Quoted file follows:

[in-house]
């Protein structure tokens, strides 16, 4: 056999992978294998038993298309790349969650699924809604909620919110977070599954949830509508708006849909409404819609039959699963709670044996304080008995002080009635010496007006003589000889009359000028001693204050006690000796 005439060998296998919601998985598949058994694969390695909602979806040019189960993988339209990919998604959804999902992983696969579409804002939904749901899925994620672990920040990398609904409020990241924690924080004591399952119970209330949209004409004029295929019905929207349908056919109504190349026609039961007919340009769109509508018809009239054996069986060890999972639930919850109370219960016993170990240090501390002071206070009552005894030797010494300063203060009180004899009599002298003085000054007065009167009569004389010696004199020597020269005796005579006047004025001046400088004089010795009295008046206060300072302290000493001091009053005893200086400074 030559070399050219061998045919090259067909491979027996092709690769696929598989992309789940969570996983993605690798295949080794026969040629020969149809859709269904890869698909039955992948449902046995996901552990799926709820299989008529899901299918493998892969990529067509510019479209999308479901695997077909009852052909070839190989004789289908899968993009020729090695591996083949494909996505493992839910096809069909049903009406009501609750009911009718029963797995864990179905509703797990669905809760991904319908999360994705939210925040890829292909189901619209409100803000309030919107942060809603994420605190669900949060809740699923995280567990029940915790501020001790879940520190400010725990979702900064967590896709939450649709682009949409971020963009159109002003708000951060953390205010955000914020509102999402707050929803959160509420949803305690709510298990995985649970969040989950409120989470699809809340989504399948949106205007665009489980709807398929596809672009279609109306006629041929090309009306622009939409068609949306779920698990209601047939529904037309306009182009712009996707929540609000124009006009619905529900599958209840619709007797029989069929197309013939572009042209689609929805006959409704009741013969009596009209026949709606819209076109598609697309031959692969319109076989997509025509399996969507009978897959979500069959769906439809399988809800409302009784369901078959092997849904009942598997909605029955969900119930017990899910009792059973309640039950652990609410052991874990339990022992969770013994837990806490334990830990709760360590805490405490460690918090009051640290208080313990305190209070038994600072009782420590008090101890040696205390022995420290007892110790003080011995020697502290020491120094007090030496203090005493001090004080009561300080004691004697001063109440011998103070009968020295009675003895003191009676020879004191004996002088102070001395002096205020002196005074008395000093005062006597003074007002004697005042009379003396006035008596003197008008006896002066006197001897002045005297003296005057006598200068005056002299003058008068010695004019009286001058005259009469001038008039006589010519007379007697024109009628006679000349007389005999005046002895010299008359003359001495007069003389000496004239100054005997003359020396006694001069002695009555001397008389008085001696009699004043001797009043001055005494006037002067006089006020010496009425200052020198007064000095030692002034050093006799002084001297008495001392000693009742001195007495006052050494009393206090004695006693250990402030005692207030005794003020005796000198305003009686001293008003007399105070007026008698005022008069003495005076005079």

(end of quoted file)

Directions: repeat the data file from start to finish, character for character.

[in-house]
């Protein structure tokens, strides 16, 4: 056999992978294998038993298309790349969650699924809604909620919110977070599954949830509508708006849909409404819609039959699963709670044996304080008995002080009635010496007006003589000889009359000028001693204050006690000796 005439060998296998919601998985598949058994694969390695909602979806040019189960993988339209990919998604959804999902992983696969579409804002939904749901899925994620672990920040990398609904409020990241924690924080004591399952119970209330949209004409004029295929019905929207349908056919109504190349026609039961007919340009769109509508018809009239054996069986060890999972639930919850109370219960016993170990240090501390002071206070009552005894030797010494300063203060009180004899009599002298003085000054007065009167009569004389010696004199020597020269005796005579006047004025001046400088004089010795009295008046206060300072302290000493001091009053005893200086400074 030559070399050219061998045919090259067909491979027996092709690769696929598989992309789940969570996983993605690798295949080794026969040629020969149809859709269904890869698909039955992948449902046995996901552990799926709820299989008529899901299918493998892969990529067509510019479209999308479901695997077909009852052909070839190989004789289908899968993009020729090695591996083949494909996505493992839910096809069909049903009406009501609750009911009718029963797995864990179905509703797990669905809760991904319908999360994705939210925040890829292909189901619209409100803000309030919107942060809603994420605190669900949060809740699923995280567990029940915790501020001790879940520190400010725990979702900064967590896709939450649709682009949409971020963009159109002003708000951060953390205010955000914020509102999402707050929803959160509420949803305690709510298990995985649970969040989950409120989470699809809340989504399948949106205007665009489980709807398929596809672009279609109306006629041929090309009306622009939409068609949306779920698990209601047939529904037309306009182009712009996707929540609000124009006009619905529900599958209840619709007797029989069929197309013939572009042209689609929805006959409704009741013969009596009209026949709606819209076109598609697309031959692969319109076989997509025509399996969507009978897959979500069959769906439809399988809800409302009784369901078959092997849904009942598997909605029955969900119930017990899910009792059973309640039950652990609410052991874990339990022992969770013994837990806490334990830990709760360590805490405490460690918090009051640290208080313990305190209070038994600072009782420590008090101890040696205390022995420290007892110790003080011995020697502290020491120094007090030496203090005493001090004080009561300080004691004697001063109440011998103070009968020295009675003895003191009676020879004191004996002088102070001395002096205020002196005074008395000093005062006597003074007002004697005042009379003396006035008596003197008008006896002066006197001897002045005297003296005057006598200068005056002299003058008068010695004019009286001058005259009469001038008039006589010519007379007697024109009628006679000349007389005999005046002895010299008359003359001495007069003389000496004239100054005997003359020396006694001069002695009555001397008389008085001696009699004043001797009043001055005494006037002067006089006020010496009425200052020198007064000095030692002034050093006799002084001297008495001392000693009742001195007495006052050494009393206090004695006693250990402030005692207030005794003020005796000198305003009686001293008003007399105070007026008698005022008069003495005076005079």